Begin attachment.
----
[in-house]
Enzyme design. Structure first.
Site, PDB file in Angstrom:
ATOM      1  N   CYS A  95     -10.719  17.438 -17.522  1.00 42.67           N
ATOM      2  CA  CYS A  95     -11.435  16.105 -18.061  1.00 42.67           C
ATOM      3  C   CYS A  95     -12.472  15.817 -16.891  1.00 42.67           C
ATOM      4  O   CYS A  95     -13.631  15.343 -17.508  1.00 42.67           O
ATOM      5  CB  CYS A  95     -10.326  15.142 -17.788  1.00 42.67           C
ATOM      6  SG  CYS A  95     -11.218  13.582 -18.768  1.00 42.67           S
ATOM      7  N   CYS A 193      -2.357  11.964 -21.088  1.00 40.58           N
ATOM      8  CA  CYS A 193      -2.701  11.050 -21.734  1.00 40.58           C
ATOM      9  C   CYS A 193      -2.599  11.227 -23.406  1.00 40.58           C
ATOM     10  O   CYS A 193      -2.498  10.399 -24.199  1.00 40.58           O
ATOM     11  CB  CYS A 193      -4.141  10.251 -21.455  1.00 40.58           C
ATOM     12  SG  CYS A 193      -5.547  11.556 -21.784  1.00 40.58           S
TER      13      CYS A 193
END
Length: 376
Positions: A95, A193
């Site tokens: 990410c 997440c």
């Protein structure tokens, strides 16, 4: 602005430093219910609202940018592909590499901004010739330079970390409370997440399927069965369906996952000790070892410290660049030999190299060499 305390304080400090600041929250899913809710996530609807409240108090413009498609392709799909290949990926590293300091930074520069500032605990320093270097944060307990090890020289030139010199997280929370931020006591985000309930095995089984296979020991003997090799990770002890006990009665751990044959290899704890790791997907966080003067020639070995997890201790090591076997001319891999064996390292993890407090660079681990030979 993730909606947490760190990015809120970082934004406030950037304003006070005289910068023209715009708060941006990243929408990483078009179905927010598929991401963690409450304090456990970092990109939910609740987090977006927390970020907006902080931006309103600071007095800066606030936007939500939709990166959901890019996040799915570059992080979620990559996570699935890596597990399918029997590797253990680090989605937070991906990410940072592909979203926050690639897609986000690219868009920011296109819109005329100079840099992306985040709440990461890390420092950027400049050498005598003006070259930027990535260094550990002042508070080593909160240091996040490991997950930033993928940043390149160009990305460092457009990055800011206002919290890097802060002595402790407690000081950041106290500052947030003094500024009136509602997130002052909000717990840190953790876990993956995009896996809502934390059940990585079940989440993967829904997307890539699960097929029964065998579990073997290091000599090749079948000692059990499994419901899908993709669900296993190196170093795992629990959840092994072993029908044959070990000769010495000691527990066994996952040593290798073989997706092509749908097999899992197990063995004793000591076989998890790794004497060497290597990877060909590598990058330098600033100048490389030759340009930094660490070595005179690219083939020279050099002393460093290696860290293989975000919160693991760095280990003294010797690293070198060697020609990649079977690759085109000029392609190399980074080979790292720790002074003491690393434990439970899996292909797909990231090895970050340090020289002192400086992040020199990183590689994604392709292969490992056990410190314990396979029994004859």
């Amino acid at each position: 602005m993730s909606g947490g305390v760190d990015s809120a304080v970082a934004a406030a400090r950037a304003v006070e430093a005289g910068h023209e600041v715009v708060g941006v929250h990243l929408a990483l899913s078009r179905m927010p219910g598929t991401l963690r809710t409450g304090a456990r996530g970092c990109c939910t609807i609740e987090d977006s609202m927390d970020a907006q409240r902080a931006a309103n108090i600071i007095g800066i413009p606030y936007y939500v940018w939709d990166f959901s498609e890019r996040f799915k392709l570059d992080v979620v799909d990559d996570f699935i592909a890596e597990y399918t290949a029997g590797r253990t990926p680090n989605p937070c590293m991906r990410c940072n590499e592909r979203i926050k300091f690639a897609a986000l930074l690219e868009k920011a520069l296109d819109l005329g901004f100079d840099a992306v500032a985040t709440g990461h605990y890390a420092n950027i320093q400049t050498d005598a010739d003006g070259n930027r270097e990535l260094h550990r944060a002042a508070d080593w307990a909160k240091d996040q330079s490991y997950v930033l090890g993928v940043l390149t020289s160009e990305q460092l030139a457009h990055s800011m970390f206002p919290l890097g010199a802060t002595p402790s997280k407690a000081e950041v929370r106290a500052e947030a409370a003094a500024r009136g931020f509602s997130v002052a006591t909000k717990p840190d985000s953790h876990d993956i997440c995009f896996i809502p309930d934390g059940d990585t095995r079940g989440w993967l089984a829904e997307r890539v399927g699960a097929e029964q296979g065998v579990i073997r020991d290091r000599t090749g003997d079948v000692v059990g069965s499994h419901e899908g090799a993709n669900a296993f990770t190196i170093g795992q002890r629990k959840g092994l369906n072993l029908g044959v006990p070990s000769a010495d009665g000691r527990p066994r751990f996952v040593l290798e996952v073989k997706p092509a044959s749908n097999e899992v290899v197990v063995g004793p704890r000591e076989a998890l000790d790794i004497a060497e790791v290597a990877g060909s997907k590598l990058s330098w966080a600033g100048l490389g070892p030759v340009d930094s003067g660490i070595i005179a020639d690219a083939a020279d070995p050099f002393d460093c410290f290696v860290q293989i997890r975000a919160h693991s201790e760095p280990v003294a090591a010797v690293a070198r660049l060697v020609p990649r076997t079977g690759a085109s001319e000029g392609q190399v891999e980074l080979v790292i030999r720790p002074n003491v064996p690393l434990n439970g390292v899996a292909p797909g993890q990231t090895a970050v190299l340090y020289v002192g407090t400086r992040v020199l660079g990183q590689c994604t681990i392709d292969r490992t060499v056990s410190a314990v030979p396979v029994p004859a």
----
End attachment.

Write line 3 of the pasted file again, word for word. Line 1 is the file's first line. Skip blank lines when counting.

Site, PDB file in Angstrom: